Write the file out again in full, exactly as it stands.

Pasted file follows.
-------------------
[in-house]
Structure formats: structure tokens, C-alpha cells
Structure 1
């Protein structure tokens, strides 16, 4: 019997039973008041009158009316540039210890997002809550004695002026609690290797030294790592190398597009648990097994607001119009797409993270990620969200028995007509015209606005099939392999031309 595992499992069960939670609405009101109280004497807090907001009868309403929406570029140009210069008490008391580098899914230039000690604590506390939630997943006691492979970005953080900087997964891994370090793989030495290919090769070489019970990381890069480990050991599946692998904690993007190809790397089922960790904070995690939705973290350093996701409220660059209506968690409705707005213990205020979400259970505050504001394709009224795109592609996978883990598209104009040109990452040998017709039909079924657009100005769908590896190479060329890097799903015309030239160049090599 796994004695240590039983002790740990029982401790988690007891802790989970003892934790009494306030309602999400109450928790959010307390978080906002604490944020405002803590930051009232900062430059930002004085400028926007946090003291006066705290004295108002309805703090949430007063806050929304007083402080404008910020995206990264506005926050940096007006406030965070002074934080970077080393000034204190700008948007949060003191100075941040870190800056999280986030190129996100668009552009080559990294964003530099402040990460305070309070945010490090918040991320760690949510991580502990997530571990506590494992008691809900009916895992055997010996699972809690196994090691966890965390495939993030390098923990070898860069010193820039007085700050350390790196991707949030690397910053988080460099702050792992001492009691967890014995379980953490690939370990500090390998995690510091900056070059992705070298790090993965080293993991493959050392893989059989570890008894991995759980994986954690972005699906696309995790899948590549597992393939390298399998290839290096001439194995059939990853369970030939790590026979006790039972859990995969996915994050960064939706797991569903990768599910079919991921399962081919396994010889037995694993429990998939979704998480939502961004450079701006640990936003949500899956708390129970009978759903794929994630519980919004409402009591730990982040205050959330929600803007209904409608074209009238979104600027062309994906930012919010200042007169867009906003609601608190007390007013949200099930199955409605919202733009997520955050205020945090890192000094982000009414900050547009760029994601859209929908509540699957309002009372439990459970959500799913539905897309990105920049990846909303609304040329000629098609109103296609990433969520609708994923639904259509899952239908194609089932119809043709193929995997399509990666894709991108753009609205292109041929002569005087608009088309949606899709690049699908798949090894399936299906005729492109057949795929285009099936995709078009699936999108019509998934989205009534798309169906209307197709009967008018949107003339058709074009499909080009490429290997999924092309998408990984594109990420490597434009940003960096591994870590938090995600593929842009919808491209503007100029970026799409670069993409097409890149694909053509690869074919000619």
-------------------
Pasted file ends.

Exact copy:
[in-house]
Structure formats: structure tokens, C-alpha cells
Structure 1
């Protein structure tokens, strides 16, 4: 019997039973008041009158009316540039210890997002809550004695002026609690290797030294790592190398597009648990097994607001119009797409993270990620969200028995007509015209606005099939392999031309 595992499992069960939670609405009101109280004497807090907001009868309403929406570029140009210069008490008391580098899914230039000690604590506390939630997943006691492979970005953080900087997964891994370090793989030495290919090769070489019970990381890069480990050991599946692998904690993007190809790397089922960790904070995690939705973290350093996701409220660059209506968690409705707005213990205020979400259970505050504001394709009224795109592609996978883990598209104009040109990452040998017709039909079924657009100005769908590896190479060329890097799903015309030239160049090599 796994004695240590039983002790740990029982401790988690007891802790989970003892934790009494306030309602999400109450928790959010307390978080906002604490944020405002803590930051009232900062430059930002004085400028926007946090003291006066705290004295108002309805703090949430007063806050929304007083402080404008910020995206990264506005926050940096007006406030965070002074934080970077080393000034204190700008948007949060003191100075941040870190800056999280986030190129996100668009552009080559990294964003530099402040990460305070309070945010490090918040991320760690949510991580502990997530571990506590494992008691809900009916895992055997010996699972809690196994090691966890965390495939993030390098923990070898860069010193820039007085700050350390790196991707949030690397910053988080460099702050792992001492009691967890014995379980953490690939370990500090390998995690510091900056070059992705070298790090993965080293993991493959050392893989059989570890008894991995759980994986954690972005699906696309995790899948590549597992393939390298399998290839290096001439194995059939990853369970030939790590026979006790039972859990995969996915994050960064939706797991569903990768599910079919991921399962081919396994010889037995694993429990998939979704998480939502961004450079701006640990936003949500899956708390129970009978759903794929994630519980919004409402009591730990982040205050959330929600803007209904409608074209009238979104600027062309994906930012919010200042007169867009906003609601608190007390007013949200099930199955409605919202733009997520955050205020945090890192000094982000009414900050547009760029994601859209929908509540699957309002009372439990459970959500799913539905897309990105920049990846909303609304040329000629098609109103296609990433969520609708994923639904259509899952239908194609089932119809043709193929995997399509990666894709991108753009609205292109041929002569005087608009088309949606899709690049699908798949090894399936299906005729492109057949795929285009099936995709078009699936999108019509998934989205009534798309169906209307197709009967008018949107003339058709074009499909080009490429290997999924092309998408990984594109990420490597434009940003960096591994870590938090995600593929842009919808491209503007100029970026799409670069993409097409890149694909053509690869074919000619």